Unfortunately by the time the rowdy seventies had well crept over into the timid eighties it was easy to see that the party was over, and with once-innovative groups either disbanding, going into hiding or hitting the big time with generally subpar sputum perhaps a magazine like ROCK SCENE would have been an anachronism. That's probably the only reason the mag went kaput around the same time that Max's Kansas City folded and Lester Bangs deep-sixed himself giving credence to the concept of "era's end". Funny, I coulda used a mag like ROCK SCENE tremendously during those rather pallid times, only I coulda used an actual music scene conduit to the continuation of such a publication which is why it was perhaps best for the thing to fall by the wayside the way it did lest they cater to the generally squeaky-clean, rock-video-bred music that era is known for. But in other ways it really was too bad that such a good over-the-counter periodical got the ax while horrid reads like the execrable ROLLING STONE continue on and on to corrupt impressionable dunces, but worse things have happened in this once wild and woolly world of rock & roll and the fact that it hasn't all fallen into the ocean must serve as some sorta testament to the form's ultimate staying power, no matter how weak that may seem at times.

So if you wanna know what rock & roll was really about just latch onto a buncha old issues of ROCK SCENE and CREEM pre-'76 issues as well as just about any good fanzines from the era you can find, and I'm sure you'll get a different view of just what r/r meant to more than just a few teenage maniacs out there than you would reading any issue of STONE or its myriad assortment of imitators. And if ya go broke buying up all the recordings these groups put out don't come crying to me...I'm still trying to figure out a way to categorize my entire magazine/book collection in order to gain easy access in case I need to find out something regarding Savage Rose at the drop of a hat!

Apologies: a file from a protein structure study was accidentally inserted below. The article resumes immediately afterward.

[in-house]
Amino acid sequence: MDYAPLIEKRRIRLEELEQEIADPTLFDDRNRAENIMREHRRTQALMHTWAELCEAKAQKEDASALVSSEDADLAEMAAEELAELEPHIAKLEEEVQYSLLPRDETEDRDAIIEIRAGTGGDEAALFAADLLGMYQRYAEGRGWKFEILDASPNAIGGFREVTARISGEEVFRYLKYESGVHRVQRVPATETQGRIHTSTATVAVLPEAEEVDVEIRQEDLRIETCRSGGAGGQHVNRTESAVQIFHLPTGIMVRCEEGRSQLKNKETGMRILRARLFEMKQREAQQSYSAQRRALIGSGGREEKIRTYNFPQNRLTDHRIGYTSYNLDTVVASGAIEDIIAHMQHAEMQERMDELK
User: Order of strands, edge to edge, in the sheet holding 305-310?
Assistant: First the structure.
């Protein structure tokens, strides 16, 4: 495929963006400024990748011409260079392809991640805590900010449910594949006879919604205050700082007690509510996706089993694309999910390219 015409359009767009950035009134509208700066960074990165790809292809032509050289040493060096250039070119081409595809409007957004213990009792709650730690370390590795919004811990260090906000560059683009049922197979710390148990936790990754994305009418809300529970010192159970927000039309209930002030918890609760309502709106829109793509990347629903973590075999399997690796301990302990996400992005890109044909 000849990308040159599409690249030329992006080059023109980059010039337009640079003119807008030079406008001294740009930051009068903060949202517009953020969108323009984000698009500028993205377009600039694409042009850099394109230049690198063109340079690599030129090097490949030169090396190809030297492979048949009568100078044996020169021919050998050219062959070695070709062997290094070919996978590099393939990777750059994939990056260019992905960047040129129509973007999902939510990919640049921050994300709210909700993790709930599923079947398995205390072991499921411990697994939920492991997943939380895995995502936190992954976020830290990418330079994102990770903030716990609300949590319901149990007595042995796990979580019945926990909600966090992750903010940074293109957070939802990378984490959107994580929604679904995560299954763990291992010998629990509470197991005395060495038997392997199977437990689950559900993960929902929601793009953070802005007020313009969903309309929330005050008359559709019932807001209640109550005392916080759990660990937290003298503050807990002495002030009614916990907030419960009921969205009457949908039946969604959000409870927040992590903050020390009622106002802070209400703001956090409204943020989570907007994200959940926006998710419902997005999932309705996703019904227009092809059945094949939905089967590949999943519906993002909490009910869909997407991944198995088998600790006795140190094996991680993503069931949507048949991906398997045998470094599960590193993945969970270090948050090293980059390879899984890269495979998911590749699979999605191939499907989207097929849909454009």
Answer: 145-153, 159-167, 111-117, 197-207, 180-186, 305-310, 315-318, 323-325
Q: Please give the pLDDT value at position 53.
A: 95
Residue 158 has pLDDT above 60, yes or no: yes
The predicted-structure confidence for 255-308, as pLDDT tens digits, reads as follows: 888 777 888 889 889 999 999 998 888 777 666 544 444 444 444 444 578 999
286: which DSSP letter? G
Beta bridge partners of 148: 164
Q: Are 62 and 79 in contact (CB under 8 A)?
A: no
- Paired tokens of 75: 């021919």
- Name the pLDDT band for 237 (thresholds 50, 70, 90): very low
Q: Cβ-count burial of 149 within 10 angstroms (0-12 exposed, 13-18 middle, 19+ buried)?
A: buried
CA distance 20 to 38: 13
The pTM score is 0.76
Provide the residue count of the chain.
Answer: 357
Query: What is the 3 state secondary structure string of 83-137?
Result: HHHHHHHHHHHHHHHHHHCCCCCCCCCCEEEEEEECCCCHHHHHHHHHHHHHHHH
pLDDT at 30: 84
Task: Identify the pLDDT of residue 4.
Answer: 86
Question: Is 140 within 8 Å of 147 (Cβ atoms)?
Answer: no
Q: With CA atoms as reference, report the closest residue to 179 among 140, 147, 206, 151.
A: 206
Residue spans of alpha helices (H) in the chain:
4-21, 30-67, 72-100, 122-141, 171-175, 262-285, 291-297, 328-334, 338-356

A recent review of GOD BLESS THE RED KRAYOLA AND ALL WHO SAIL WITH IT on the RISING STORM blog had me digging out my copy of that longtime "minimalist" fave, which in this case had been coupled with the group's debut International Artists album which is no slouch itself. Naturally (for sure, absolutely, without question) both of these albums are so ingrained into the canon of underground rockism that writing about them yet again would merely be beating a dead lang into the ground, but a word to the wise should suffice when I tell you that you might wanna opt out for the Spalax reissues of both disques separately considering the rather dull sound quality (sounds like they got their "masters" straight off some late-seventies Radar reissues which sounded positively better than this 'un) plus the fact that the first album was truncated from here to Bizoo and back in order to fit both albums on one platter. I don't have that much more hope for the domestic Collectables two-on-one either. If someone out there can tell me whether or not it's worth the import prices to get the Spalax digipacks or not please let me know in the comment box provided, because both of these proto-whatever psychopunk platters are deserving of more than just another slapdash reissue that sounds about as clear as a cheap cassette job dating back to 1980!

1 comment:

Anonymous said...

Yeah, ROCK SCENE! I wish someone would publish a book of just the "New Bands" pages...I dig all those mid-west lumberjacks trying to look like The dolls!